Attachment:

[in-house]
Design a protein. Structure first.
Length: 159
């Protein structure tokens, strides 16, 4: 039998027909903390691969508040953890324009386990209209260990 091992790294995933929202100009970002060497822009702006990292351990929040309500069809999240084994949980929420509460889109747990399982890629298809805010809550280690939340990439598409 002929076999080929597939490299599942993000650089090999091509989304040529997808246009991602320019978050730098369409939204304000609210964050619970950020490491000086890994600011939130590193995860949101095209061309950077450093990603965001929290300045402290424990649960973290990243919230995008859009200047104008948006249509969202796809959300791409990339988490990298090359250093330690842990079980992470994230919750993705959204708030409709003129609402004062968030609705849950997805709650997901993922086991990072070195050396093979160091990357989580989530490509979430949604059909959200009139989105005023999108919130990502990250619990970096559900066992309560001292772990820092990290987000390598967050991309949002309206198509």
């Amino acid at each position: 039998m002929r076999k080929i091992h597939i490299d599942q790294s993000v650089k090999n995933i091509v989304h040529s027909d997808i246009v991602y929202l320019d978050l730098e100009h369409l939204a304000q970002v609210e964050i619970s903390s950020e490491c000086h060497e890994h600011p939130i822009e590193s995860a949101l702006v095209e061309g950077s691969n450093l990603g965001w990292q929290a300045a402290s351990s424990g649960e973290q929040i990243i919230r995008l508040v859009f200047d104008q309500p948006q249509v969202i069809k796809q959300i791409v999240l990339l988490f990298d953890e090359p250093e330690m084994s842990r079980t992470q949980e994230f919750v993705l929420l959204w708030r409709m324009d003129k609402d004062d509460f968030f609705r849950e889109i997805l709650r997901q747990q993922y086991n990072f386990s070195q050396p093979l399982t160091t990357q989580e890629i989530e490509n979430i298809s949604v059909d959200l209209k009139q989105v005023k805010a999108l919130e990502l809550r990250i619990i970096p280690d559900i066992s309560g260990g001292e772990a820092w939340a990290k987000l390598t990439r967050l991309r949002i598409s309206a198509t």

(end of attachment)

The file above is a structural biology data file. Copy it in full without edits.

[in-house]
Design a protein. Structure first.
Length: 159
């Protein structure tokens, strides 16, 4: 039998027909903390691969508040953890324009386990209209260990 091992790294995933929202100009970002060497822009702006990292351990929040309500069809999240084994949980929420509460889109747990399982890629298809805010809550280690939340990439598409 002929076999080929597939490299599942993000650089090999091509989304040529997808246009991602320019978050730098369409939204304000609210964050619970950020490491000086890994600011939130590193995860949101095209061309950077450093990603965001929290300045402290424990649960973290990243919230995008859009200047104008948006249509969202796809959300791409990339988490990298090359250093330690842990079980992470994230919750993705959204708030409709003129609402004062968030609705849950997805709650997901993922086991990072070195050396093979160091990357989580989530490509979430949604059909959200009139989105005023999108919130990502990250619990970096559900066992309560001292772990820092990290987000390598967050991309949002309206198509």
């Amino acid at each position: 039998m002929r076999k080929i091992h597939i490299d599942q790294s993000v650089k090999n995933i091509v989304h040529s027909d997808i246009v991602y929202l320019d978050l730098e100009h369409l939204a304000q970002v609210e964050i619970s903390s950020e490491c000086h060497e890994h600011p939130i822009e590193s995860a949101l702006v095209e061309g950077s691969n450093l990603g965001w990292q929290a300045a402290s351990s424990g649960e973290q929040i990243i919230r995008l508040v859009f200047d104008q309500p948006q249509v969202i069809k796809q959300i791409v999240l990339l988490f990298d953890e090359p250093e330690m084994s842990r079980t992470q949980e994230f919750v993705l929420l959204w708030r409709m324009d003129k609402d004062d509460f968030f609705r849950e889109i997805l709650r997901q747990q993922y086991n990072f386990s070195q050396p093979l399982t160091t990357q989580e890629i989530e490509n979430i298809s949604v059909d959200l209209k009139q989105v005023k805010a999108l919130e990502l809550r990250i619990i970096p280690d559900i066992s309560g260990g001292e772990a820092w939340a990290k987000l390598t990439r967050l991309r949002i598409s309206a198509t």